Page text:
Johann D D Pitout

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The medical community relies on clinical expertise and published guidelines to assist physicians with choices in empirical therapy for system-based infectious syndromes, such as community-acquired pneumonia and urinary-tract infections (UTIs). From the late 1990s, multidrug-resistant Enterobacteriaceae (mostly Escherichia coli) that produce(More)
Klebsiella pneumoniae carbapenemases (KPCs) were originally identified in the USA in 1996. Since then, these versatile β-lactamases have spread internationally among Gram-negative bacteria, especially K pneumoniae, although their precise epidemiology is diverse across countries and regions. The mortality described among patients infected with organisms(More)
Enterobacteriaceae, especially Klebsiella spp. producing extended-spectrum beta-lactamases (ESBLs) such as SHV and TEM types, have been established since the 1980s as a major cause of hospital-acquired infections. Appropriate infection control practices have largely prevented the dissemination of these bacteria within many hospitals, although outbreaks have(More)
Escherichia coli sequence type 131 (ST131) and Klebsiella pneumoniae ST258 emerged in the 2000s as important human pathogens, have spread extensively throughout the world, and are responsible for the rapid increase in antimicrobial resistance among E. coli and K. pneumoniae strains, respectively. E. coli ST131 causes extraintestinal infections and is often(More)
Escherichia coli sequence type 131 (ST131) is a globally disseminated, multidrug resistant (MDR) clone responsible for a high proportion of urinary tract and bloodstream infections. The rapid emergence and successful spread of E. coli ST131 is strongly associated with several factors, including resistance to fluoroquinolones, high virulence gene content,(More)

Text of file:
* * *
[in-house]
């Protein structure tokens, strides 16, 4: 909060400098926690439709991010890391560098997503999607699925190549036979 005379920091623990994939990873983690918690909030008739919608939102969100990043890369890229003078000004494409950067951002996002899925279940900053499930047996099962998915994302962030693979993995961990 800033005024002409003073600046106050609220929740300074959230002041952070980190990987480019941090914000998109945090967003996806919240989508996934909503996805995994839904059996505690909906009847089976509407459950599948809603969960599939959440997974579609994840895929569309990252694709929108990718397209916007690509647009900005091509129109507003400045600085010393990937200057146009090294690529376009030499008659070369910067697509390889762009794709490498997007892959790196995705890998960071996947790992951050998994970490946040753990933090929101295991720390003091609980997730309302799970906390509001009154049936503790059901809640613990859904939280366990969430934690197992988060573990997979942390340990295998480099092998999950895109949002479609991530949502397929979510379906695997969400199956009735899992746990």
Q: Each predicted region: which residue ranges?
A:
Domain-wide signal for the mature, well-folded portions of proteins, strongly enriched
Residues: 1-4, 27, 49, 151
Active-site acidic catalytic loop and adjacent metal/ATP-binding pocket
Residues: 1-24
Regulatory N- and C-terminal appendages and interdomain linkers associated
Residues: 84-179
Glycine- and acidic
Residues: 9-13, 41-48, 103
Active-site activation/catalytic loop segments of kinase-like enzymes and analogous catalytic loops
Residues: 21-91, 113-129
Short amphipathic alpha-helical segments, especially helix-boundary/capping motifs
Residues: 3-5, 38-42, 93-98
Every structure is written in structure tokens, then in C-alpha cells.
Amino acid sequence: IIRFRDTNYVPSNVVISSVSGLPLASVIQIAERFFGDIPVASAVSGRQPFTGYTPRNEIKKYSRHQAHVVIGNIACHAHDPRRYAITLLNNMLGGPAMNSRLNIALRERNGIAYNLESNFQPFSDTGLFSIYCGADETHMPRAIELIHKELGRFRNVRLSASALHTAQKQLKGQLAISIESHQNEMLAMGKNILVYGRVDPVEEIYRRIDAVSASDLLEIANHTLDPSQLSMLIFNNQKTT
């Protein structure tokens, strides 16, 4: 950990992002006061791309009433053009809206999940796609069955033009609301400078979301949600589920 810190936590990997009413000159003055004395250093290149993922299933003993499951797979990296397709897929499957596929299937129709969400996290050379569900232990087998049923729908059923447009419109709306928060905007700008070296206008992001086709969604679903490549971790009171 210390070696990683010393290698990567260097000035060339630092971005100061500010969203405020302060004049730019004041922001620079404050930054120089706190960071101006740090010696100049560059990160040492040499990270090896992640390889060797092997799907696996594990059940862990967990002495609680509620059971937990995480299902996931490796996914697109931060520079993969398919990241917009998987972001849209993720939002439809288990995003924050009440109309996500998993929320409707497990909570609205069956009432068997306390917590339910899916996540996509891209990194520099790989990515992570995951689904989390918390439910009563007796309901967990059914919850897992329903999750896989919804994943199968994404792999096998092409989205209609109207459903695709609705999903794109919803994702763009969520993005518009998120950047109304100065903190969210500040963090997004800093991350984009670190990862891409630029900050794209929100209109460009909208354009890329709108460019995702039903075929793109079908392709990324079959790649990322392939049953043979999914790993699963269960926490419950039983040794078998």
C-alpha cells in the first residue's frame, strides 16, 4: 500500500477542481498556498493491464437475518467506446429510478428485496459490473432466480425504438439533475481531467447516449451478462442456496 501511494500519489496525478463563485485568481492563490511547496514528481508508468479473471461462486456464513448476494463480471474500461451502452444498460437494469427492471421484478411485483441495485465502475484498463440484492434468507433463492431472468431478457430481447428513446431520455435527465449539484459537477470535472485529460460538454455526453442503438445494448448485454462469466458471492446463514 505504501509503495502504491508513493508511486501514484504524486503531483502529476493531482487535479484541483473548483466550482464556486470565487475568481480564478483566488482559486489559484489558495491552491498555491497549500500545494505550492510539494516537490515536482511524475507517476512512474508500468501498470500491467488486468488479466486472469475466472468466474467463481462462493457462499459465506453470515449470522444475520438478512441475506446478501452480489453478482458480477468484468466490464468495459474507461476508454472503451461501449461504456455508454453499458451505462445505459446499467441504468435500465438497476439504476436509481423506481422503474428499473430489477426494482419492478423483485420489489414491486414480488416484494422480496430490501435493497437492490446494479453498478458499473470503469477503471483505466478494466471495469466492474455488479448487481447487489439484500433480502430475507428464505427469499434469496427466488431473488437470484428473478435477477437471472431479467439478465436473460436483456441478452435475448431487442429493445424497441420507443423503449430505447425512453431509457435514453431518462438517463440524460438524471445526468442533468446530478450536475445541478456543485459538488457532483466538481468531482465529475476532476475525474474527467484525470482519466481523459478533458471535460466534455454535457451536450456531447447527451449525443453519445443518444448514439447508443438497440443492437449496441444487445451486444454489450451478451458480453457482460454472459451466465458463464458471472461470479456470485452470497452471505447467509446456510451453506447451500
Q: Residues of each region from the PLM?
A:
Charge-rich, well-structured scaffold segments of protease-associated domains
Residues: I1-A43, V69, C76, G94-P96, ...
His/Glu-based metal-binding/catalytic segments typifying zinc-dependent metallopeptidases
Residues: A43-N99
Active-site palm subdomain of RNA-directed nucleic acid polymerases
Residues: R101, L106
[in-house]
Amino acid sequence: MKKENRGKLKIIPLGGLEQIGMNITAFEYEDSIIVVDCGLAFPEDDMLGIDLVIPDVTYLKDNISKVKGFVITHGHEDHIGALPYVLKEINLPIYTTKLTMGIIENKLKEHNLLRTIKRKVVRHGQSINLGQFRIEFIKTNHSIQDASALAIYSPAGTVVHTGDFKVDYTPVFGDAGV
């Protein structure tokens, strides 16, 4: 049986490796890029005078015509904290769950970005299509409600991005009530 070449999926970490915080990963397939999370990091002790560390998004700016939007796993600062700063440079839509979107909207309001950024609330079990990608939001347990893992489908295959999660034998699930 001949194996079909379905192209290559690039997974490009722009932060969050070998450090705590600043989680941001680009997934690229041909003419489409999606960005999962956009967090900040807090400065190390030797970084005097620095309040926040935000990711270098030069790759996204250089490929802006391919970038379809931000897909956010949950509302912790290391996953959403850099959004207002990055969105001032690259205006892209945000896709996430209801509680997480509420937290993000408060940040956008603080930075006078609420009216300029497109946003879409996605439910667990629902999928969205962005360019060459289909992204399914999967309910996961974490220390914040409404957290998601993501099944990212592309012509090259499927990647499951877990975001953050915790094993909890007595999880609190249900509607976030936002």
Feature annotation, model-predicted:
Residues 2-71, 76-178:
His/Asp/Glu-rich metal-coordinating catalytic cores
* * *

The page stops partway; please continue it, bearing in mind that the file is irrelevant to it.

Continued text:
A study was designed to characterize nonrepeat isolates of carbapenemase-producing K. pneumoniae obtained from the SMART worldwide surveillance program during 2008 and 2009. Characterization was done by PCR and sequencing for bla(VIM), bla(IMP), bla(NDM), bla(OXA), bla(KPC), and plasmid-mediated quinolone resistance and virulence factors (VFs). Genetic(More)
Enterobacteriaceae producing extended-spectrum beta-lactamases (ESBLs) typically cause nosocomial infections. Previous surveillance in the Calgary Health Region showed that Escherichia coli strains producing ESBLs were common among community patients. During the period (2000 to 2002): 23 of 157 (15%) of the strains were positive for blaCTX-M genes from the(More)
We analyzed 43 CTX-M-15-producing Escherichia coli isolates and 6 plasmids encoding the blaCTX-M-15 gene from Canada, India, Kuwait, France, Switzerland, Portugal, and Spain. Most isolates belonged to phylogroups B2 (50%) and D (25%). An EC-B2 strain of clonal complex sequence type (ST) 131 was detected in all countries; other B2 isolates corresponded to(More)
Metallo-beta-lactamases (MBLs) have been increasingly recognized from clinical isolates worldwide, but the laboratory detection of these strains is not well defined. We report a study that developed an EDTA disk screen test and a molecular diagnostic assay for the detection of MBL-producing Pseudomonas aeruginosa. Using NCCLS disk methodology, inhibition(More)
BACKGROUND Infections caused by extended-spectrum beta-lactamase (ESBL)-producing Enterobacteriaceae are increasing in frequency and are associated with high mortality rates. Circulation of CTX-M-type ESBLs in the community is of particular concern, because it may confound standard infection-control measures. METHODS We analyzed the results of(More)